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John Wall talks about his rehab, college graduation goals at his sixth annual backpack drive

The Washington Wizards guard gave 500 backpacks away to low income families last Saturday. He also spoke to the media about his rehab from an Achilles injury and his goal to graduate from college.

John Wall speaks to media in Capitol Heights, Md. on Saturday, Aug. 3 during his annual backpack giveaway.
Desmond Hester

On Saturday, August 3, 2019, 500 local DMV children and their families gathered at the sixth annual John Wall Family Foundation’s backpack drive in Capitol Heights, Md. For the first time since the inaugural giveaway in 2013, the event was held at Dave & Buster’s, where children were able to join the Wizards All-Star point guard in unlimited private access to the facility’s games.

For Wall, the son of a local Washington, D.C. native, the annual event continues to be one of the highlights of his summer.

“To be able to play in Washington, D.C. where my Dad is from, and being able to give back is a big opportunity for me,” said Wall. “I try as much as possible to be hands on in the community and do a lot.”

Wall went on to share his understanding of the impact he has on his fans and community through his use of social media, which is why he strives to keep a clean image.

“A lot of kids look up to us and I think with every move we make, we understand that the kids and people are watching. Where I came from, I never had the opportunity to meet a celebrity. So for me to be one of those guys that people look up to, I try to keep a positive energy both on and off the court.”

In the spirit of giving back to the community by helping its children get ready for the upcoming school season, Wall shared that he himself is also going “back to school.” While he has put forth tremendous effort in rehabilitating his partially torn Achilles tendon and staying in shape,

Wall is also taking advantage of his time off of the court to earn a degree in Business Management from the University of Kentucky. Wall has two more years left to complete the degree, and starts courses next Thursday.

“The most important thing that I wanted to do is to fulfill the promise that I made to my Dad before he passed that I would go back to college and get a degree,” he shared. “My sister is the first one from my family to get a degree — I want to be the second one.”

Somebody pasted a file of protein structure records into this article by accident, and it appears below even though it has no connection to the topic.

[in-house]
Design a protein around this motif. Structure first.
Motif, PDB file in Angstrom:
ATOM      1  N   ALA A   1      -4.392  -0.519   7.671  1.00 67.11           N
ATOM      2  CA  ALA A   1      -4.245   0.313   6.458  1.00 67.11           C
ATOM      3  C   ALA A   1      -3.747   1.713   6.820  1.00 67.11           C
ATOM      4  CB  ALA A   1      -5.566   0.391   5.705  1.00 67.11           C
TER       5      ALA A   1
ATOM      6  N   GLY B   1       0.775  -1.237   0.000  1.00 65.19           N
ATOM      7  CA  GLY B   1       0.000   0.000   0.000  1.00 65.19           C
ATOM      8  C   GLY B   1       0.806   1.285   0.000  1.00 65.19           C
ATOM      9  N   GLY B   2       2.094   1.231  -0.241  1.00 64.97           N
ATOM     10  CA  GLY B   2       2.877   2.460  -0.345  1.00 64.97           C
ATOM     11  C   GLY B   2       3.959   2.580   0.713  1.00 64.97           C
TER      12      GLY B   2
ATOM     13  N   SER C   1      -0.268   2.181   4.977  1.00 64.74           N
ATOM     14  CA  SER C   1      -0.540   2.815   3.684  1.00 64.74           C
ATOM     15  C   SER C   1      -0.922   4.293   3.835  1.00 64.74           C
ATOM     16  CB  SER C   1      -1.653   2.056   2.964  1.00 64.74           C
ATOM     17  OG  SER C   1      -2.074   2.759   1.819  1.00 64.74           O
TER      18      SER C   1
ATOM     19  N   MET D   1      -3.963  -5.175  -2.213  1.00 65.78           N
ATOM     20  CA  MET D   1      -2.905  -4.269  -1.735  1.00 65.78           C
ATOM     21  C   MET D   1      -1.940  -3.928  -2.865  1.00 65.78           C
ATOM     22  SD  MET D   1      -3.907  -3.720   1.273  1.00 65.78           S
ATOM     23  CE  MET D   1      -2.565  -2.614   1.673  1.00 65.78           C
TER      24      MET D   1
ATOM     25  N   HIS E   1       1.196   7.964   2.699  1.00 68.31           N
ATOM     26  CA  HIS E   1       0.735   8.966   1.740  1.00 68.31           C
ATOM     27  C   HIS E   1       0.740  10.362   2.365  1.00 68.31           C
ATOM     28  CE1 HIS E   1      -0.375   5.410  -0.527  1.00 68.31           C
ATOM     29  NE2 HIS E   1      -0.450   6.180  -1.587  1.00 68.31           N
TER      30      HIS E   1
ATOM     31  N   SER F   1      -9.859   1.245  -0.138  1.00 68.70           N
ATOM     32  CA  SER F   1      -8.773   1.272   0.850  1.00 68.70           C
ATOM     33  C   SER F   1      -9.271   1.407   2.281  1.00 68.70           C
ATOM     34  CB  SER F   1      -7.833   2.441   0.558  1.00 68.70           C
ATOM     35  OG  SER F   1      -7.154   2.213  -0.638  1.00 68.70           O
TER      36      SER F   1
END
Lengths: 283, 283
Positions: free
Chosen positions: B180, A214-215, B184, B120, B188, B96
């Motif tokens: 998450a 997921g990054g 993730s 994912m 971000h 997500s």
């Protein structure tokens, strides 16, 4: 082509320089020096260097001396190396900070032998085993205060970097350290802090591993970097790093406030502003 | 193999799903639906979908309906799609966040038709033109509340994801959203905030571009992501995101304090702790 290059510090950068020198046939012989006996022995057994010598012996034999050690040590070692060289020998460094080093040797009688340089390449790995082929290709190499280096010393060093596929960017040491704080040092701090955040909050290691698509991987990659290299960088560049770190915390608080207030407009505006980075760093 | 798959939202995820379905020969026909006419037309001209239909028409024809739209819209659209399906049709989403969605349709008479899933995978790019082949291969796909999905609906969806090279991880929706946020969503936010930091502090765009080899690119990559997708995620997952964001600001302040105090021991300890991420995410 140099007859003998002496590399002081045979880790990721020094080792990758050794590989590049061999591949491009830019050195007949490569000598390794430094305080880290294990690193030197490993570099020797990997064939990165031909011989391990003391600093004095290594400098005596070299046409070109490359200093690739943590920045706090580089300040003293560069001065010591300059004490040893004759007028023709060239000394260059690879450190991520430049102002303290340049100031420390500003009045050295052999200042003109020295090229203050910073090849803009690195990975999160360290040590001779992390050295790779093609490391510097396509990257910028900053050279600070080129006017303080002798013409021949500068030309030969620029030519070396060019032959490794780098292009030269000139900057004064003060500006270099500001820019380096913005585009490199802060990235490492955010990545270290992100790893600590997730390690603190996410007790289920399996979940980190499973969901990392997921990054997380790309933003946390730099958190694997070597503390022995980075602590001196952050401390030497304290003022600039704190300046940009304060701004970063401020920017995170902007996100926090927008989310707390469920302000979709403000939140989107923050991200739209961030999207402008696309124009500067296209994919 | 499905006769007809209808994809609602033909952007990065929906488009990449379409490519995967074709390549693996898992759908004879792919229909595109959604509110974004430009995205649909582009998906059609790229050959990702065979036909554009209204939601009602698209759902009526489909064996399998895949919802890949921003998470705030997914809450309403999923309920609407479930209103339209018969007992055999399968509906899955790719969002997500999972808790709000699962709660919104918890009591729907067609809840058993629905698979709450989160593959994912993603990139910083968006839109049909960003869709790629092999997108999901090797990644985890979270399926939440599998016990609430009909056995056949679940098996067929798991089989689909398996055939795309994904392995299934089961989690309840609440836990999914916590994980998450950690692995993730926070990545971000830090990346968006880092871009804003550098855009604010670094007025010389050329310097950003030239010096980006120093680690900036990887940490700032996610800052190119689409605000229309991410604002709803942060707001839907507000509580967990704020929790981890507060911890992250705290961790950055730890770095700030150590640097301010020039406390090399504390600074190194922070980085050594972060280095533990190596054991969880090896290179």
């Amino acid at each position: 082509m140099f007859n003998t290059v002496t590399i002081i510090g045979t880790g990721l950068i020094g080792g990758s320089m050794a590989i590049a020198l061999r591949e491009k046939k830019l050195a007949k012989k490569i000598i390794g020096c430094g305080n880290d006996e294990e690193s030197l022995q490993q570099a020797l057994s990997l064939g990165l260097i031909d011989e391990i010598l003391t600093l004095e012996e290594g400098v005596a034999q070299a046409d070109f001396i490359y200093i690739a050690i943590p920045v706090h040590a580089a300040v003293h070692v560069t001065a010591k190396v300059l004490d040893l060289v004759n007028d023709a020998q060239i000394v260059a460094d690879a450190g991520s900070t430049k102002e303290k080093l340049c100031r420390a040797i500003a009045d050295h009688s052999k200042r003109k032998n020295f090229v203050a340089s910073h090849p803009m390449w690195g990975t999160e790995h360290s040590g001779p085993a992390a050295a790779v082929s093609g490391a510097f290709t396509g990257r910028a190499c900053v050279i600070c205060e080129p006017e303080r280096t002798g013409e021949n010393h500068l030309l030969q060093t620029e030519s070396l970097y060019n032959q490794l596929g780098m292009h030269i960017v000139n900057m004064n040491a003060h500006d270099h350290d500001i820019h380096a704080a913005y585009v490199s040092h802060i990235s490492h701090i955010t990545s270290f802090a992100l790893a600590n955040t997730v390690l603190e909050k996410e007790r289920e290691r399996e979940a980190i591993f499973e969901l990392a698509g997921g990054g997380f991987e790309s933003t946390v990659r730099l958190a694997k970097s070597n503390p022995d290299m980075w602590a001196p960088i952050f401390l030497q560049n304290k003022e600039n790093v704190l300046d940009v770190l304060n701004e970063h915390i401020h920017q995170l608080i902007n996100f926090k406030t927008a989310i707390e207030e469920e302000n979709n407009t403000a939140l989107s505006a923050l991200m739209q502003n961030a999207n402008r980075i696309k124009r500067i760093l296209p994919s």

When asked about his thoughts on the rehabilitation of his partially torn Achilles tendon and if it has been harder to recover compared to other injuries he’s sustained, Wall confidently answered “no, not for me. It’s been cool for me.”

“I think the difference for me is that I didn’t really rupture my Achilles all the way through, I only had a partial tear. So it’s different from what most people had in the past. I don’t have that long scar on the back of my leg; I have a baby scar.”

Wall, who signed a massive four-year, $170 million dollar contract in July of 2017 (set to begin at the start of the 2019-2020 season), suffered his Achilles injury at a crucial point during the Wizards 2018-19 season that will likely have him on the bench throughout the upcoming year.

The injury was sustained at an unfortunate time for the team and its fans who were hoping to make a push for the playoffs last season, and left many questioning whether the five time All-Star actually deserved the extension in the first place.

When asked whether he has had time to reflect on his contract, injury and the financial security he has compared to other players who suffered similar injuries but could not secure a contract, Wall said, “sometimes you can bank on yourself, sometimes it’s not good to bank on yourself. It’s a hard decision to make.”

“I don’t regret it. I hear a lot of people talk about how I have the worst contract in the NBA, and that’s fine. I feel like when I was playing, everybody said I deserved it. Now that I’m injured, everybody says that I don’t deserve it. So all of those critics that keep talking, keep that same energy in a couple years.”